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President Trump disembarking Air Force One. Photo: Loic Venance/AFP/Getty Images

Amid ongoing flare-ups between the U.S. and Iran, President Trump and his allies will travel this week to diplomatically engage allies on Middle East peace, North Korea’s nuclear program, U.S.–China trade and more.

Why it matters: The week's meetings present an opportunity for Trump and his team to demonstrate their ability to leverage diplomacy as a tool of American power. He’ll be taking on tough issues this week, and his administration's policies have in many ways amplified the work ahead.

What's happening:

  1. On June 24, Secretary of State Mike Pompeo met both Saudi Arabia's King Salman and Crown Prince Mohammed bin Salman in Jeddah, and will next head to the United Arab Emirates to further solidify a regional coalition against Iran. National security adviser John Bolton is in Jerusalem to meet Israeli and Russian officials in hopes of recruiting Russian support in containing Iran.
  2. On June 25–26, Jared Kushner will convene his Middle East peace meeting in Bahrain, with attendees from the Gulf states but without either the Israelis or the Palestinians. The plan asks other countries to pay for $50 billion in economic policies that no key players expect to yield a peace agreement. At the moment, the most promising outcome is a loose list of commitments.
  3. On June 28–29, Trump will join the G20 Summit in Japan to discuss the global economy and security issues. The highlight will be Trump’s bilateral meeting with Chinese President Xi Jinping, yet the negotiating teams are still far from a trade deal and that conflict could complicate Chinese cooperation on North Korea.
  4. On June 30, Trump will head to South Korea to meet with President Moon Jae-in, who is largely responsible for recent American diplomacy with North Korea and eager to resuscitate it.

Meanwhile, on June 26–27, Trump’s domestic opponents will have a 2-night national platform to criticize his policies during the Democratic presidential debates.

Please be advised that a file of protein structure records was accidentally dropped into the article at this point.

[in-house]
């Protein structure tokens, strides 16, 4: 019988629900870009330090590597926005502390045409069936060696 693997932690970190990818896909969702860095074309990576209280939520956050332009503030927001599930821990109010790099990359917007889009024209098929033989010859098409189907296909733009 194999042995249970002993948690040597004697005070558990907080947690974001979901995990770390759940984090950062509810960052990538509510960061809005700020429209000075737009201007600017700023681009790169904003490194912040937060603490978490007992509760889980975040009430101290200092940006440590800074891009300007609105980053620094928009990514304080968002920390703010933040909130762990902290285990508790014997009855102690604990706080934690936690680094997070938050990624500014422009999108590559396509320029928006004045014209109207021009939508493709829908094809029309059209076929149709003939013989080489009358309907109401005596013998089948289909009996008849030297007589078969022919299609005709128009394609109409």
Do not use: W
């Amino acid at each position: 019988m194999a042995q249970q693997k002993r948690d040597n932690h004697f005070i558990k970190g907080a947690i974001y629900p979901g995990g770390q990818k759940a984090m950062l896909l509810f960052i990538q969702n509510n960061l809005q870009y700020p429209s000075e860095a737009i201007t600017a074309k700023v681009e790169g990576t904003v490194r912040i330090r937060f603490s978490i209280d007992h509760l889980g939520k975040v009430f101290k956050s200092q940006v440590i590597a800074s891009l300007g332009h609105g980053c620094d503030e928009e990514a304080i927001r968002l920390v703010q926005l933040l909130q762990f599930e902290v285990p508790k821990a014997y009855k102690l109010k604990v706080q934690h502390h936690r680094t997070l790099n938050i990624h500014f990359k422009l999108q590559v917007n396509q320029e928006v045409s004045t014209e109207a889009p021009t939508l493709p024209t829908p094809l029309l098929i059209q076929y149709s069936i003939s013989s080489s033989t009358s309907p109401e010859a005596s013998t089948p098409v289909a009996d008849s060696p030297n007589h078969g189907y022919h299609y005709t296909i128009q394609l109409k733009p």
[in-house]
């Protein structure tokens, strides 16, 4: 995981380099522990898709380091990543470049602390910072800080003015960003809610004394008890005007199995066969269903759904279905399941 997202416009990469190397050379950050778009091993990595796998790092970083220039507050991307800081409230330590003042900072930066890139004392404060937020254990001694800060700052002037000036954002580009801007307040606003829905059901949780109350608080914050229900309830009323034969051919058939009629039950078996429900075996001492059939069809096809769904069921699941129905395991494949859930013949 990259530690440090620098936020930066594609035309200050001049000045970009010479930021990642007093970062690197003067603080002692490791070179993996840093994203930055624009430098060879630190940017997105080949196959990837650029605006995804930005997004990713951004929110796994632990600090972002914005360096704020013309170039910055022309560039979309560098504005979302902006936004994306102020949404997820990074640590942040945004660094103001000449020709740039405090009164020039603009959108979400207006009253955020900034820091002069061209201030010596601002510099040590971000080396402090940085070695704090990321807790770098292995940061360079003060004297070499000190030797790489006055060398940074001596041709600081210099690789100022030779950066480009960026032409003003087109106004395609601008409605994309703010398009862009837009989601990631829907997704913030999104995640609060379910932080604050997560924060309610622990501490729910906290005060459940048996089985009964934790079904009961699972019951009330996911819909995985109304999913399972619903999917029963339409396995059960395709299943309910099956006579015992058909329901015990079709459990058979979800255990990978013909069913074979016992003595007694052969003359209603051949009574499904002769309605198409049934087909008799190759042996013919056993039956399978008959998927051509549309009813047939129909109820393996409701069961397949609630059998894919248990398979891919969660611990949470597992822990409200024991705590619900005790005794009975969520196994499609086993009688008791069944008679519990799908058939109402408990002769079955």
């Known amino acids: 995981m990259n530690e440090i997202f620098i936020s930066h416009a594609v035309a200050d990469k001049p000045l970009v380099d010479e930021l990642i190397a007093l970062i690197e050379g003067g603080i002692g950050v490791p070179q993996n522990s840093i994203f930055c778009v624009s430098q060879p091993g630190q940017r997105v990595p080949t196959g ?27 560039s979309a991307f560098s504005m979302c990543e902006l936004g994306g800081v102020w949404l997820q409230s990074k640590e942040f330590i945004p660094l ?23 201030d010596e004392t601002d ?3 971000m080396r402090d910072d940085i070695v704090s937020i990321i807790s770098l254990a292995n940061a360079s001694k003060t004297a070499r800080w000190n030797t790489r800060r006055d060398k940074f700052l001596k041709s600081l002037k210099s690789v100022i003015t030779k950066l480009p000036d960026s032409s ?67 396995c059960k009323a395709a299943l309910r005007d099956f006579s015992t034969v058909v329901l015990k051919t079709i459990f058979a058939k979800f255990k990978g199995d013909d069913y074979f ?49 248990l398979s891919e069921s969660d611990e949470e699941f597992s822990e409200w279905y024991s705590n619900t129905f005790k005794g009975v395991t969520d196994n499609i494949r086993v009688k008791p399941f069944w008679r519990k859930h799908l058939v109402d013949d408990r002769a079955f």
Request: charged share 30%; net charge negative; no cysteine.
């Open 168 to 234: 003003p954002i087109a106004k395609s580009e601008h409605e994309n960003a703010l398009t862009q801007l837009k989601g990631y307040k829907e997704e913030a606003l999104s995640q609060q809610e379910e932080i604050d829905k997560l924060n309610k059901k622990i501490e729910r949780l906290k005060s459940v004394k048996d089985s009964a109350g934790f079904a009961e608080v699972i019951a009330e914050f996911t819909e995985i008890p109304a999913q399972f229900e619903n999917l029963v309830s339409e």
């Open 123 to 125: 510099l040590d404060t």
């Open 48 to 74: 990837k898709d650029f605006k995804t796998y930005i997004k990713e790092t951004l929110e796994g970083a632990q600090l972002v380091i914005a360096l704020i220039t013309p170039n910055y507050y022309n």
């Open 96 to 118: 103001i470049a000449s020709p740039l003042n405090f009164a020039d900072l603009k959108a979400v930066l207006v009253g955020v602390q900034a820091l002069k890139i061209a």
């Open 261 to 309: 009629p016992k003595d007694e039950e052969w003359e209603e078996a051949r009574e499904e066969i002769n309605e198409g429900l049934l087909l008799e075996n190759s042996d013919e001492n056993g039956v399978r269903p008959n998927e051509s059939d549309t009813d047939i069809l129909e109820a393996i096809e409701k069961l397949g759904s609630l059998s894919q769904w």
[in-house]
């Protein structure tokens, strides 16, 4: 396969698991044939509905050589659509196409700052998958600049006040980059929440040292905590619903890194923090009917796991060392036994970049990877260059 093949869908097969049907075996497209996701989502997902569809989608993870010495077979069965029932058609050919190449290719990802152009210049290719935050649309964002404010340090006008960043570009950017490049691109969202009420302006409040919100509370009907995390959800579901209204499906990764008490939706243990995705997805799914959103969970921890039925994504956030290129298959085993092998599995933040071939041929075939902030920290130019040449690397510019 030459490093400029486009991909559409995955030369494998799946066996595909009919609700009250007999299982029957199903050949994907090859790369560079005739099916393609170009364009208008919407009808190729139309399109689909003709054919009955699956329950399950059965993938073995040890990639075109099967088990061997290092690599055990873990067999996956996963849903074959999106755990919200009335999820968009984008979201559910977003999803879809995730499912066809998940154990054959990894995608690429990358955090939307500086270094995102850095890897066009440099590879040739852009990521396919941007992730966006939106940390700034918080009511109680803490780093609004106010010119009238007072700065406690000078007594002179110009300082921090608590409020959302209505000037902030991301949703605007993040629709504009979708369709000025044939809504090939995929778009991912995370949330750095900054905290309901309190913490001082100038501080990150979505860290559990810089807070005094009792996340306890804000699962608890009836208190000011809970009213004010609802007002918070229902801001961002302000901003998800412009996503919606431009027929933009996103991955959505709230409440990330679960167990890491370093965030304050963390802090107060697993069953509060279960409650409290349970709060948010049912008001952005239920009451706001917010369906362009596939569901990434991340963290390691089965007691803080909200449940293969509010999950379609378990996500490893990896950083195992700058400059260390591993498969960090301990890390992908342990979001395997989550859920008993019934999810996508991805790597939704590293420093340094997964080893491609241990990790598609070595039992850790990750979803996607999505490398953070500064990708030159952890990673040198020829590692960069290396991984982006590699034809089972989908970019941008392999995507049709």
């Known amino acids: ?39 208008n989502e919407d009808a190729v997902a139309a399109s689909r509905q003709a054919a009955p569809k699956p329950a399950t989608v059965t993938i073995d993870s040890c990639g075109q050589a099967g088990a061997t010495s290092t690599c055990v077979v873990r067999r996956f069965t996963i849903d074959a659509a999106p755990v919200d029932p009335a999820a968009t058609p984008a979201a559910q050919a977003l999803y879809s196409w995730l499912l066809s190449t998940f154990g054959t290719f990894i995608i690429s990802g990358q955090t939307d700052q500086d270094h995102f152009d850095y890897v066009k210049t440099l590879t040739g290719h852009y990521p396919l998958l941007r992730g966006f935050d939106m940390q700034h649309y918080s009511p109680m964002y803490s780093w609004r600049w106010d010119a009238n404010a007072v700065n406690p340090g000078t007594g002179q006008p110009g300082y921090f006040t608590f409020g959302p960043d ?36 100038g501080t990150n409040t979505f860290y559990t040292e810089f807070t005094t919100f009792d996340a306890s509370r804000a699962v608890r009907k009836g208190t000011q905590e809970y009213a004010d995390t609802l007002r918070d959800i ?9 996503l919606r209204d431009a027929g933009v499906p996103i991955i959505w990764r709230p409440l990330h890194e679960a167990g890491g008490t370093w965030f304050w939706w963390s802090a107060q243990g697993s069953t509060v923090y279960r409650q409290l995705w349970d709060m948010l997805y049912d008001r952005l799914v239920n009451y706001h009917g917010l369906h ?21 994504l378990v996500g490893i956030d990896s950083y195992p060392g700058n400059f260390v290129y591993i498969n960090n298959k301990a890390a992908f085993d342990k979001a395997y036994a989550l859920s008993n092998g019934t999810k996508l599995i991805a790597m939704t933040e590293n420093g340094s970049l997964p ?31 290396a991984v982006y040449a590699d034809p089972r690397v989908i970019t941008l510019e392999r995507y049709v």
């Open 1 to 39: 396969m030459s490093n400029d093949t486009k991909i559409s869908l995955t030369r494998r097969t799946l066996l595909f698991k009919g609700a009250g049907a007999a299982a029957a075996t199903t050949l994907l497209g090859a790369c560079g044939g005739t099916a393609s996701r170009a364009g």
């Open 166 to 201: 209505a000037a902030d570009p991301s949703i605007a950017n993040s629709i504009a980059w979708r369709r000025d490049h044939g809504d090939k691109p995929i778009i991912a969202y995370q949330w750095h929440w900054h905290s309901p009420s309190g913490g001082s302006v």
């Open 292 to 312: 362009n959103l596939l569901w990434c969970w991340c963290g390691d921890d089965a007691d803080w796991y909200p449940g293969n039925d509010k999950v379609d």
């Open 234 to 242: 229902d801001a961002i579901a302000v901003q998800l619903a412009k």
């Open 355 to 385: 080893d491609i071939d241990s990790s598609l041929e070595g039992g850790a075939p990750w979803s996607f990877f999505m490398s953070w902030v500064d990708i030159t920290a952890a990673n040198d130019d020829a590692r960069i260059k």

• Candidates are likely to highlight Trump’s careening on Iran, where tensions have escalated to the brink of war; catatonic nuclear negotiations with North Korea, where two leader-level summits have secured no firm results; and the unilateral trade war against China, which is straining the U.S. economy.

The bottom line: Trump’s Iran bombing flip-flop last week suggests that he and his team still lack a coherent vision for determining and executing their national security goals. The week ahead will show whether he and his team manage a swing back toward multilateral problem-solving or continue the go-it-alone approach that is increasingly isolating the U.S. from its allies.

Joel Rubin is the president of the Washington Strategy Group and a former deputy assistant secretary of state.

Go deeper

Rep. Rice demands Cuomo resign after third woman accuses him of misconduct

New York Gov. Andrew Cuomo during a February news conference in New York City. Photo: Seth Wenig/POOL/AFP via Getty Images

Rep. Kathleen Rice (D-N.Y.) on Monday evening called for New York Gov. Andrew Cuomo (D) to resign, after a third woman accused him of inappropriate behavior.

Driving the news: Anna Ruch told the New York Times Monday that Cuomo asked to kiss her at a New York City wedding reception in September 2019.

Scoop: Inside the GOP's plan to retake the House

House Minority Leader Kevin McCarthy. Photo: Elijah Nouvelage/Bloomberg via Getty Images

House Republicans will reclaim their majority in 2022 by offering candidates who are women, minorities or veterans, a memo obtained by Axios says.

Why it matters: The document, drafted by a super PAC blessed by House Minority Leader Kevin McCarthy, names top Democrats to target — Jared Golden of Maine, Matt Cartwright of Pennsylvania and Ron Kind of Wisconsin — and the type of Republican candidates to beat them.

Scoop: Trump talked out of early Ohio endorsement

Jane Timken at a 2017 Trump rally. Photo: Kyle Mazza/NurPhoto via Getty Images

Donald Trump had to be talked out of making an early endorsement in Ohio's 2022 U.S. Senate race, a sign of his eagerness to reengage politically, people familiar with the conversations tell Axios.

What we're hearing: The former president discussed endorsing former state GOP chair Jane Timken last week during a meeting at Mar-a-Lago with RNC Chairwoman Ronna McDaniel, but top advisers — including Donald Trump Jr. — urged him to wait.

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